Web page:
“I expect China to play an appropriate role and act as a responsible member of the international community,” he said, softening the comments only by saying that Japan sought good
relations with China.
Japan and its top security ally the United States have in the past called for greater transparency in China’s military spending, which has seen double-digit growth for much of the past two decades.
Asia’s two largest economies have been embroiled in a tense diplomatic standoff since Japan’s arrest on September 8 of a Chinese trawler captain near the disputed islands, called Senkaku in Japan and Diaoyu in China.
Japan has since released the captain, but the move did little to ease tensions and left Kan open to domestic attacks from political conservatives claiming he had caved in to Chinese bullying.
High-tech revolution yet to hit NKorea
PYONGYANG (AFP) - Stressed out by email overload and non-stop mobile calls? You might consider a vacation in North Korea, where your cell phone is seized at the airport and Internet is unavailable.
The communist country is one of the world’s most tightly-controlled societies and bans unauthorised mobile phones as part of a crackdown on information from outside the country.
Visitors landing at Pyongyang’s airport find there is no cellular phone signal. But it does not matter because polite and efficient customs officials confiscate foreigners’ phones and put them in a green cloth bag.
They are returned when the visitor leaves.
Laptops are allowed after a customs check to ensure they do not carry a mobile communication device.
While foreigners are left incommunicado at the terminal, North Koreans chat on their own mobiles.
The country in December 2008 introduced a 3G network in a joint venture with Cairo-based Orascom Telecom.
Chosun Sinbo, a pro-North Korean newspaper published in Tokyo, reported in April that there were only 120,000 mobile subscribers in North Korea, a country of 24 million people.
Tour guides and officials are among those with mobiles although, unusually for Pyongyang, two girls were also seen intently focused on their handsets as they sat in a park.
Anywhere else in Asia the scene would have been routine but it was a rare sight in the run-down capital which seems stuck in a time decades past.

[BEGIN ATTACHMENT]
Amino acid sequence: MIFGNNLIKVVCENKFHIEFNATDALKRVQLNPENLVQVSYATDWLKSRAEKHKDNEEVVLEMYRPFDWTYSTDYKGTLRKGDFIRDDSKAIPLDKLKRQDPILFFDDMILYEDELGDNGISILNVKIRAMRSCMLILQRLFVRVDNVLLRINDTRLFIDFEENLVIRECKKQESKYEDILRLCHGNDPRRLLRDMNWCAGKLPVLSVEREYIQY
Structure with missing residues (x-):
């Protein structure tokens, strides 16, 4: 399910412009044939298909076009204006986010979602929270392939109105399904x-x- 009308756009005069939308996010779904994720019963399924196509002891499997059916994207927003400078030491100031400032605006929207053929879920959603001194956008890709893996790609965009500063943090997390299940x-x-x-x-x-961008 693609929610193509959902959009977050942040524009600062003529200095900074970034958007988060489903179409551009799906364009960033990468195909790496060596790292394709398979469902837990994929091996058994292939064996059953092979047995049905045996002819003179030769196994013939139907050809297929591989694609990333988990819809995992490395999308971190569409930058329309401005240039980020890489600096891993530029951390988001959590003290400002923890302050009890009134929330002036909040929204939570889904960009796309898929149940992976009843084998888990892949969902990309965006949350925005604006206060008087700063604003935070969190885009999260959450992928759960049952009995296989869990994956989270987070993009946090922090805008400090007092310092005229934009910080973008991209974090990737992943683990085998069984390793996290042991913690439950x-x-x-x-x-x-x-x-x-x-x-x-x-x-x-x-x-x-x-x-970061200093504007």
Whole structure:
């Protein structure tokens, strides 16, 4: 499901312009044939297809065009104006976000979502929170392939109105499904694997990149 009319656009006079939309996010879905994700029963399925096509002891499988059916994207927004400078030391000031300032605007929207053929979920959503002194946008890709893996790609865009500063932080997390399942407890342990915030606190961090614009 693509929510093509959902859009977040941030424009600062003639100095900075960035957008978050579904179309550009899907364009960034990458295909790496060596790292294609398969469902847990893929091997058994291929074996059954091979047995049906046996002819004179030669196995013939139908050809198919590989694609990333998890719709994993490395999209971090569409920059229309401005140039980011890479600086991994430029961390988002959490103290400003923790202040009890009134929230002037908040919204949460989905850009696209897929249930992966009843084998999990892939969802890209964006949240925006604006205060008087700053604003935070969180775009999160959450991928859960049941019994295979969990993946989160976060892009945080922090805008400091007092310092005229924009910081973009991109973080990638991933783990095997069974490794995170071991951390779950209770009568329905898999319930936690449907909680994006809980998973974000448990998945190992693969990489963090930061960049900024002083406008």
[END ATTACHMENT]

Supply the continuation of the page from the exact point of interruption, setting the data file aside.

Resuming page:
The regime is expanding its wireless network to accommodate about 600,000 subscribers before the end of this year, the Chosun Sinbo paper said.
Mobiles used in Pyongyang are made in neighbouring China.
Tour guides said the poverty-stricken country has a “local” Internet service and they thought that an outside link to the real Internet existed, perhaps at a library or university.


US drone strike kills four

MIRANSHAH, Pakistan (AFP) - A US drone strike killed four militants yesterday in Pakistan’s lawless tribal belt along the Afghan border, local security officials said.
The missiles hit a house used by militants in Dashgah village near Datta Khel town, some 45 kilometres west of Miranshah, the main town in North Waziristan tribal district, they said, a known hub for Taliban and Al-Qaeda-linked militants.
Malaria funding ‘falling short’

PARIS (AFP) - Funding for malaria has risen sharply over the past three years but still has to double to meet needs, according to a study published online yesterday by The Lancet.
Global financing has risen by 166 percent since 2007, from 730 million dollars to around 1.94 billion dollars, it said.
Vaccine ‘closer than ever’

WASHINGTON (AFP) - Scientists are closer than ever to rolling out the first malaria vaccine, which could be available in Africa by 2015, a co-inventor of the shot against the killer disease said.
Advanced trials of the RTS,S vaccine against falciparum malaria, the deadliest strain of the disease, are under way in seven African countries and going ‘very well,’ said GlaxoSmithKline researcher Joe Cohen, who has been working on developing the vaccine for over 20 years.
Fire deals blow to ‘Hobbit’

WELLINGTON (AFP) - Troubled movie
The Hobbit, which is already embroiled in a union row, suffered a further set-back after fire destroyed parts of a key studio in New Zealand.
Fire investigators were yesterday sifting through the studio in Wellington, a day after battling nearly three hours to put out the fierce blaze.
The studio, which specialises in making miniature models for movies, employs Oscar-winning cinematographer Alex Funke and was used in the making of Sir Peter Jackson’s Lord of the Rings trilogy and King Kong.
33 killed in train crash

JAKARTA (AFP) - At least 33 people were killed yesterday when a passenger train slammed into the back of another train in Indonesia, leaving dozens trapped in the mangled wreckage, an official said.
“Thirty three people were killed and more than 30 were injured. All the victims have been extracted from the train and taken to hospital,” transport ministry spokesman Bambang Ervan said.
Syphilis tests spark row

WASHINGTON (AFP) - The US apologised for a study conducted more than 60 years ago in Guatemala in which US-led researchers infected hundreds of people with syphilis and gonorrhea without their consent.
The study conducted between 1946 and 1948 was “clearly unethical”, Secretary of State Hillary Clinton said in a statement issued jointly with Health Secretary Kathleen Sebelius, in which the two officials extended an apology to “all the individuals who were affected by such abhorrent research practices”.